You can be the healthiest person on the planet, but when a junk-food craving hits, it’s difficult (impossible?) to resist the call of that deliciously sugary/salty/fried food. There are ways to cut out certain triggers, like late-night munching or post-workout snacks, but if you find yourself with a delicious-looking apple pie in front of you—and one that, yeah, you’re definitely going to want to slice into—what to do? According to a new study, you should just straight up serve yourself the dessert that you want.
The research, which is forthcoming in the Journal of Marketing Research, found that people eat less junk food when they fill their own plate, as opposed to having someone else serve it to them.
People eat less junk food when they fill their own plate, as opposed to having someone else serve it to them.
Conducted over the course of five experiments, researchers had volunteers enter a lab where there were Reese’s Pieces on a table up for grabs. When the candy was served in a bowl for people to scoop themselves, no one did so; if they were served in individual cups, roughly one-third of the participants took some.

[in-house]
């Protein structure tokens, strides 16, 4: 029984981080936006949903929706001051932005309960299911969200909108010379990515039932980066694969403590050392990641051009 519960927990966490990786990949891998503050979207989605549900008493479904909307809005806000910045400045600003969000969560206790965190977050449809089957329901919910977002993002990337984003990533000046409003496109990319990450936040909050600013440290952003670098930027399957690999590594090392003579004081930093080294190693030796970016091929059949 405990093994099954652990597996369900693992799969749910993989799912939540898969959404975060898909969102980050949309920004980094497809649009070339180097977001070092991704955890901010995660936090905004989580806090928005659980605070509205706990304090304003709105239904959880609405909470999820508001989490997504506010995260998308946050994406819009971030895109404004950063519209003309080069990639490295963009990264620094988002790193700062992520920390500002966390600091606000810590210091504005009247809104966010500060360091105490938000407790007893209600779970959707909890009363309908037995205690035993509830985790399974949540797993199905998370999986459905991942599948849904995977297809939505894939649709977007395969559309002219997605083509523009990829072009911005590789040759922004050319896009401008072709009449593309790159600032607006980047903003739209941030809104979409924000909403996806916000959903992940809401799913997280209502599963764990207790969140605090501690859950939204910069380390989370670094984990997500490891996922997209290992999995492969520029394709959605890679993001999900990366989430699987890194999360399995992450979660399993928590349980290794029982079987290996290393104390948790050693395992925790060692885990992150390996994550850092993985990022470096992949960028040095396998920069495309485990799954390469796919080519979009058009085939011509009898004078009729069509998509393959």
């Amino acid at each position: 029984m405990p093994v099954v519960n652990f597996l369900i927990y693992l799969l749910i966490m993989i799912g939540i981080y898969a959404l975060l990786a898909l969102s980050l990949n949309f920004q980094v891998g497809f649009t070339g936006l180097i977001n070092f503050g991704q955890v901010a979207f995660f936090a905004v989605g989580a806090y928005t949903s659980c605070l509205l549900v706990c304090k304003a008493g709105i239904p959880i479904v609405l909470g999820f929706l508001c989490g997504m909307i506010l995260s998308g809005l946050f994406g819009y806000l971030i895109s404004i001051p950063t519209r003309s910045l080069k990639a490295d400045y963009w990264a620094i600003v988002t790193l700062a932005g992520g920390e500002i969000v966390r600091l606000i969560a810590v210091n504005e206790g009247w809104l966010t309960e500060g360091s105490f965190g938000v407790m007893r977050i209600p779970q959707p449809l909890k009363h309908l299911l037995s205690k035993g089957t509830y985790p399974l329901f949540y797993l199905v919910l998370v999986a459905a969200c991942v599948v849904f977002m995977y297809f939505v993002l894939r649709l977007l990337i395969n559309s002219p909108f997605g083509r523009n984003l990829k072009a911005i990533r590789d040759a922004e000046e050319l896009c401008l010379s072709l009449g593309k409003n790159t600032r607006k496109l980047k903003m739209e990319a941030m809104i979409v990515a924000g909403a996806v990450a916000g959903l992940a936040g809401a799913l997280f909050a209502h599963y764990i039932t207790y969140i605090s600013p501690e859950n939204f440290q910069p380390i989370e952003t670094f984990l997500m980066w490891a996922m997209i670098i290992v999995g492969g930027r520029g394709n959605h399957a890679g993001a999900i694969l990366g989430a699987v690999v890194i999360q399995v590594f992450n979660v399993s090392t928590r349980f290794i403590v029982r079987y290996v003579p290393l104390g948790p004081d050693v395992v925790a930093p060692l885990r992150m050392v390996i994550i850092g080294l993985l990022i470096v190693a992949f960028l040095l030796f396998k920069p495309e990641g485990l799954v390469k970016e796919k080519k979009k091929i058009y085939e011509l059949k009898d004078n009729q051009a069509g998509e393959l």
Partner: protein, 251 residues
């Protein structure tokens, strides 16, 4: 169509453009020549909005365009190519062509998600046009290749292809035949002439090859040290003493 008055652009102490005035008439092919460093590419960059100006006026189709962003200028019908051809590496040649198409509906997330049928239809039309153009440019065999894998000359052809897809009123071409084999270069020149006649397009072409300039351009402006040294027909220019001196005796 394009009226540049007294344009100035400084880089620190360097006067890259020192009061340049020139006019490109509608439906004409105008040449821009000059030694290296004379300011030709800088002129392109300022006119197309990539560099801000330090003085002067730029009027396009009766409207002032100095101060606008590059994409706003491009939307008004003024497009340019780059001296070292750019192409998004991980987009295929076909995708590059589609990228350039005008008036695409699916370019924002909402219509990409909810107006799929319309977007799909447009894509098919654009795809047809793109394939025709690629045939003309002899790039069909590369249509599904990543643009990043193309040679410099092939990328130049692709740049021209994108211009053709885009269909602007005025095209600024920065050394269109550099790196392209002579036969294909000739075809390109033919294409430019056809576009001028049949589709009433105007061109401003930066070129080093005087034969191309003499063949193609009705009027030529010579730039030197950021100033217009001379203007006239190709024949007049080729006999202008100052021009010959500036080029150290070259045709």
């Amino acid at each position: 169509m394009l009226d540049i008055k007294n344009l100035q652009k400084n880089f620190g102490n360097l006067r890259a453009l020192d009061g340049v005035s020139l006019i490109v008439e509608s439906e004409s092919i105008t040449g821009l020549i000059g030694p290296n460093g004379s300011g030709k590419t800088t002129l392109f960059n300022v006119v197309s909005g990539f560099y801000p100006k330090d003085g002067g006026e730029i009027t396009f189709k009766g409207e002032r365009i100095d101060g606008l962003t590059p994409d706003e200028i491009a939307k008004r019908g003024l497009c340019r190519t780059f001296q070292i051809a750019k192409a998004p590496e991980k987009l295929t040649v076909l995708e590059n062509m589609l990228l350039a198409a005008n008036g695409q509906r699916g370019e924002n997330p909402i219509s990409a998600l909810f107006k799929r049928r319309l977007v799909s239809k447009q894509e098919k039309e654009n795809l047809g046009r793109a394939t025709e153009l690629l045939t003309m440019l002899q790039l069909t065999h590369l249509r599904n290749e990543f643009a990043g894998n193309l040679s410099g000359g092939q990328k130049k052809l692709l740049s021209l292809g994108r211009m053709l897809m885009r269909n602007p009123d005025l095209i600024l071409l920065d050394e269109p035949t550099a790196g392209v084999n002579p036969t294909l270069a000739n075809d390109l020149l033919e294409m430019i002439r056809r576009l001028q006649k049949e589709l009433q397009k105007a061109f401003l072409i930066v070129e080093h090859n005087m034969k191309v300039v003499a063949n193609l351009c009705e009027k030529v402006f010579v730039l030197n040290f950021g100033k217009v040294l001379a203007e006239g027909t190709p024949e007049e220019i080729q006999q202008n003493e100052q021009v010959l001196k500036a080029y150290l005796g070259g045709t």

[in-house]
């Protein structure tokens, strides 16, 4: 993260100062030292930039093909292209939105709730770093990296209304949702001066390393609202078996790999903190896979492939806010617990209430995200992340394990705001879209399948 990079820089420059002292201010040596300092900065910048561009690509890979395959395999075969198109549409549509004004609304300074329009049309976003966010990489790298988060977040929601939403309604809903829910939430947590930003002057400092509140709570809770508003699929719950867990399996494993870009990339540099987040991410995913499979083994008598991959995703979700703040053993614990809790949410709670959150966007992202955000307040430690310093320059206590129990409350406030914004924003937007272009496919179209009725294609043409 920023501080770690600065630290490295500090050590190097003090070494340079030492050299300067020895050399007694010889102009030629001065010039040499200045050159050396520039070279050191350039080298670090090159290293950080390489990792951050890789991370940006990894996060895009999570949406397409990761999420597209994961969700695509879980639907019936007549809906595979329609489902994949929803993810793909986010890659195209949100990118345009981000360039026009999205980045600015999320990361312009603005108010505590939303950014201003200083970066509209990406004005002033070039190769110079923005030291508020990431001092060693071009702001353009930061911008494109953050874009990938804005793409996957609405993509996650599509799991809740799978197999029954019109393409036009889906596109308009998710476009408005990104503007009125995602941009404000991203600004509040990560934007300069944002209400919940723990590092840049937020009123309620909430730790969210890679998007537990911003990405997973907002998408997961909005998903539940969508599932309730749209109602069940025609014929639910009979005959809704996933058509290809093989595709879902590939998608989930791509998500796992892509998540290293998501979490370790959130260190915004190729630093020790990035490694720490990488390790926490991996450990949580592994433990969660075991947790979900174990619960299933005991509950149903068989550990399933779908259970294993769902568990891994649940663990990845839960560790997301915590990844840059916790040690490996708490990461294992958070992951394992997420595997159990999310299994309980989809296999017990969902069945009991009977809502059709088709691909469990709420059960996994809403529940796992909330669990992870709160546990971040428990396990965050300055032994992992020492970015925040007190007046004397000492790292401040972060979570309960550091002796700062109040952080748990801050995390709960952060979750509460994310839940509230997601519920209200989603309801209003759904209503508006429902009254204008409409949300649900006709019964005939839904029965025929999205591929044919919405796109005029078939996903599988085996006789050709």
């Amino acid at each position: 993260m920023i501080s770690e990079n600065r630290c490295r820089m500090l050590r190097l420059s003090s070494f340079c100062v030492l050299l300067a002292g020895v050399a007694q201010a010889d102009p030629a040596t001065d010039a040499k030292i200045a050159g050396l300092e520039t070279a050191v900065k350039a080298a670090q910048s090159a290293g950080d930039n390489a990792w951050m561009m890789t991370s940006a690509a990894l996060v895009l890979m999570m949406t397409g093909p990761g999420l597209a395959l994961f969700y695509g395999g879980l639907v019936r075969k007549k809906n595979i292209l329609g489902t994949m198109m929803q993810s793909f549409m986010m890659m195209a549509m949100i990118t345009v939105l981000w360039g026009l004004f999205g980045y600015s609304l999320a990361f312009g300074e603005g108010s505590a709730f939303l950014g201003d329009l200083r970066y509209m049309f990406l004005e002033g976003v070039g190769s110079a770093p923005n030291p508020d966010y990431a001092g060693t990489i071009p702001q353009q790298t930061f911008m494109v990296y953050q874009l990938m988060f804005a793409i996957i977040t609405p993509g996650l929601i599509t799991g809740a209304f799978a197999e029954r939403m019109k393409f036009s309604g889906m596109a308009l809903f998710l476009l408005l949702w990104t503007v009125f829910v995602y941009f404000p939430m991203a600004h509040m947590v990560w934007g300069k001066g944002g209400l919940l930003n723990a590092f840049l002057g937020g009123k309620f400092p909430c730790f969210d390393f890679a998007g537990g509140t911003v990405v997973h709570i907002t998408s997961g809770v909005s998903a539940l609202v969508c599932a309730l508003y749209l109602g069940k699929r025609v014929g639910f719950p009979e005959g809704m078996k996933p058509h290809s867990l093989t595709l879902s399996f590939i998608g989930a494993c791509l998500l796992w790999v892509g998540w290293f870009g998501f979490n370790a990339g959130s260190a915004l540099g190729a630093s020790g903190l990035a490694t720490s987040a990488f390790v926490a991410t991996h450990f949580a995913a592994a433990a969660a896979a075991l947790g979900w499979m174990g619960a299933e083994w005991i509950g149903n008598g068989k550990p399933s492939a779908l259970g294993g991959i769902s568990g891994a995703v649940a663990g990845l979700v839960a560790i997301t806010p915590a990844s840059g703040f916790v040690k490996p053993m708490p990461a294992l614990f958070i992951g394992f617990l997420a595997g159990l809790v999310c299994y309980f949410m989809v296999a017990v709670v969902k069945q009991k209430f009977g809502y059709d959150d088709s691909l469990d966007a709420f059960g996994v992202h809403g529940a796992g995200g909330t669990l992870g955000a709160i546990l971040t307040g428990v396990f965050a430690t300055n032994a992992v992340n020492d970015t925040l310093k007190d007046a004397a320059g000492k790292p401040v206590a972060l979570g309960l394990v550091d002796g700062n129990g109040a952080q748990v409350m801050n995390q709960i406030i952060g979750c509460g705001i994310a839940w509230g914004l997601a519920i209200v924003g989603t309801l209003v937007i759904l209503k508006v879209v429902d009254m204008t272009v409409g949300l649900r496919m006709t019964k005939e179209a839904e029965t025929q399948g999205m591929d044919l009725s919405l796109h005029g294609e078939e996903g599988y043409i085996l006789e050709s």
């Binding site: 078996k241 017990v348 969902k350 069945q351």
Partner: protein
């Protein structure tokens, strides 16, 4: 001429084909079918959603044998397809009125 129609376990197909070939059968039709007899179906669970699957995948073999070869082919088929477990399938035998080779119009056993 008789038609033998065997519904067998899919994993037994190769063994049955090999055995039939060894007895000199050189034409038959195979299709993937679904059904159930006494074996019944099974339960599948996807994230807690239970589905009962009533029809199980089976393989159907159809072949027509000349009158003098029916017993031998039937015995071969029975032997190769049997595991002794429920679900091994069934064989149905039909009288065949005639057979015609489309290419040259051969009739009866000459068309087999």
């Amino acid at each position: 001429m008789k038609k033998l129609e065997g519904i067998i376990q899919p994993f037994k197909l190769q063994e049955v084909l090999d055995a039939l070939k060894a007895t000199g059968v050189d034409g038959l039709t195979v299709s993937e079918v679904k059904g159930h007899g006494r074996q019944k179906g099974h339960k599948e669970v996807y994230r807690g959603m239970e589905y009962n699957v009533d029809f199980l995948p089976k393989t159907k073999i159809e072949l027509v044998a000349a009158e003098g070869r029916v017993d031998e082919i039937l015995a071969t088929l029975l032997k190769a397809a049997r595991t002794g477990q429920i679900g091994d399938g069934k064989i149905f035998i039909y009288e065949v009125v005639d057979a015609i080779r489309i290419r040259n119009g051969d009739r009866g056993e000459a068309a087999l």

Authors of the study wrote that people seem to “have a greater inclination to consume these snacks when less (versus more) physical involvement is required to help themselves to the food.” Interestingly, this isn’t the case for healthy snacks. “We suggest that this behavior occurs because being less physically involved in serving one’s food allows participants to reject responsibility for unhealthy eating and thus to feel better about themselves following indulgent consumption.”
Of course, if you’ve already decided that you want to cut out something like sugar entirely, serving yourself doesn’t exactly help the cause—luckily, there’s a foolproof detox plan that might just sweeten the deal.
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